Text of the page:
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#288178 - 02/14/18 06:47 PM Re: A good knife for bushcraft AND kitchen duty? [Re: albusgrammaticus]
hikermor Offline
Geezer in Chief
Geezer

Registered: 08/26/06
Posts: 6131
Loc: southern Cal
Theoretically, an obsidian edge was the sharpest possible, being only one molecule wide as the blade was split from the larger piece, but obviously very fragile. This assumes good obsidian with no flaws, something abundant in Aztec country.

Today, the bottom of a beer glass bottle is equivalent to good obsidian.

Prehistorically, obsidian from Yellowstone was traded at least as far as Illinois
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#288179 - 02/14/18 07:36 PM Re: A good knife for bushcraft AND kitchen duty? [Re: hikermor]
AKSAR Offline
Old Hand

Registered: 08/31/11
Posts: 1066
Loc: Alaska
A couple of years ago, we were hiking at the "Big Obsidian Flow", at Newberry Crater, near Bend Oregon. An interpretive sign about obsidian said that in the '70s an archeologist named Donald Crabtree needed heart surgery. He persuaded his surgeon to make some of the incisions with an obsidian blade, and some with a conventional steel scalpel. The incisions made with obsidian healed better, with much less scar tissue than those made with steel.
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#288180 - 02/14/18 09:53 PM Re: A good knife for bushcraft AND kitchen duty? [Re: AKSAR]
hikermor Offline
Geezer in Chief
Geezer

Registered: 08/26/06
Posts: 6131
Loc: southern Cal
Wikipedia states: "Obsidian is used by some surgeons for scalpel blades, although this is not approved by the US Food and Drug Administration (FDA) for use on humans." - probably OK to use on archaeologists, though...

Crabtree is well known for his work in lithic technology, and this is an interesting development. The real question is the type of steel used in the conventional scalpels - 420HC? D2? 154CM?

Come to think about it, the Aztecs used obsidian extensively in their cardiac work and there is no reported development of scar tissue in that endeavor.
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#288181 - 02/14/18 10:11 PM Re: A good knife for bushcraft AND kitchen duty? [Re: hikermor]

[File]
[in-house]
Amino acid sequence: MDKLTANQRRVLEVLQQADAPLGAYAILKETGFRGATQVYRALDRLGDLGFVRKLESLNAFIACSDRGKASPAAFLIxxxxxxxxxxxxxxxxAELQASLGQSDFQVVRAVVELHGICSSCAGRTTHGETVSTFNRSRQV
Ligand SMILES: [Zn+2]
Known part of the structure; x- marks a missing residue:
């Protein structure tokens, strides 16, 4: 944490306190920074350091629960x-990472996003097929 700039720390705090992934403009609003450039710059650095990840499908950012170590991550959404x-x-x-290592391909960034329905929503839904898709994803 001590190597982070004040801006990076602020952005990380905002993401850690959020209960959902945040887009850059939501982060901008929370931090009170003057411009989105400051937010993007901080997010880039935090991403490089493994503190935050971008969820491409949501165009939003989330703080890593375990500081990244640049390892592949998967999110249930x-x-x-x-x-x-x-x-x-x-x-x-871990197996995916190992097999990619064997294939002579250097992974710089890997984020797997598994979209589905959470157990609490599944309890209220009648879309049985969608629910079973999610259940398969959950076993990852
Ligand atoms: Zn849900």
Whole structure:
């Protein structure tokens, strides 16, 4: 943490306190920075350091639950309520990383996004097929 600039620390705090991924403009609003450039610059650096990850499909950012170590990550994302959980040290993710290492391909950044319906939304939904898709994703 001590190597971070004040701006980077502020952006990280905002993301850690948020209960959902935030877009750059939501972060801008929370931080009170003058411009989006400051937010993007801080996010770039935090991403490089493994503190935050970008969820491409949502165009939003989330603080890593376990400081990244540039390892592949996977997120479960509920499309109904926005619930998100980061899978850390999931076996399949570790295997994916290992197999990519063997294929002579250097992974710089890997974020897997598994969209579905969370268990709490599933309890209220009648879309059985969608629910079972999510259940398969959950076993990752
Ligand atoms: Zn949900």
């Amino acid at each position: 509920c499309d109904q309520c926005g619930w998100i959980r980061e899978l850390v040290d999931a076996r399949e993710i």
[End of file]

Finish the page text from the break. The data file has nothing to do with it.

albusgrammaticus Online   content
Newbie

Registered: 07/18/17
Posts: 39
Loc: Italy
Originally Posted By: hikermor

Come to think about it, the Aztecs used obsidian extensively in their cardiac work and there is no reported development of scar tissue in that endeavor.


And, I might add, no patient was ever heard complaining about the Aztecs operations...

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#288182 - 02/14/18 10:58 PM Re: A good knife for bushcraft AND kitchen duty? [Re: albusgrammaticus]
Montanero Offline
Old Hand

Registered: 10/14/08
Posts: 1188
Loc: North Carolina
Off of the stone age tools, but my military gear is not tactical, mine is usually old and outdated and inexpensive. Except my knives, they are very cool, and not inexpensive.

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#288183 - 02/14/18 11:39 PM Re: A good knife for bushcraft AND kitchen duty? [Re: hikermor]
Russ Offline
Carpal Tunnel

Registered: 06/02/06
Posts: 4660
Loc: SOCAL
Originally Posted By: hikermor
... The real question is the type of steel used in the conventional scalpels - 420HC? D2? 154CM?...

Sandvik 13c26 among others. IIRC D2 wouldn’t work, carbides are too large/coarse.

As I recall one of the primary attributes of surgical steel is its resistance to corrosion. Blood is very corrosive and repeated sterilization through an autoclave is required. I don’t know anything about that but the buzzwords; apparently an autoclave uses super-heated steam.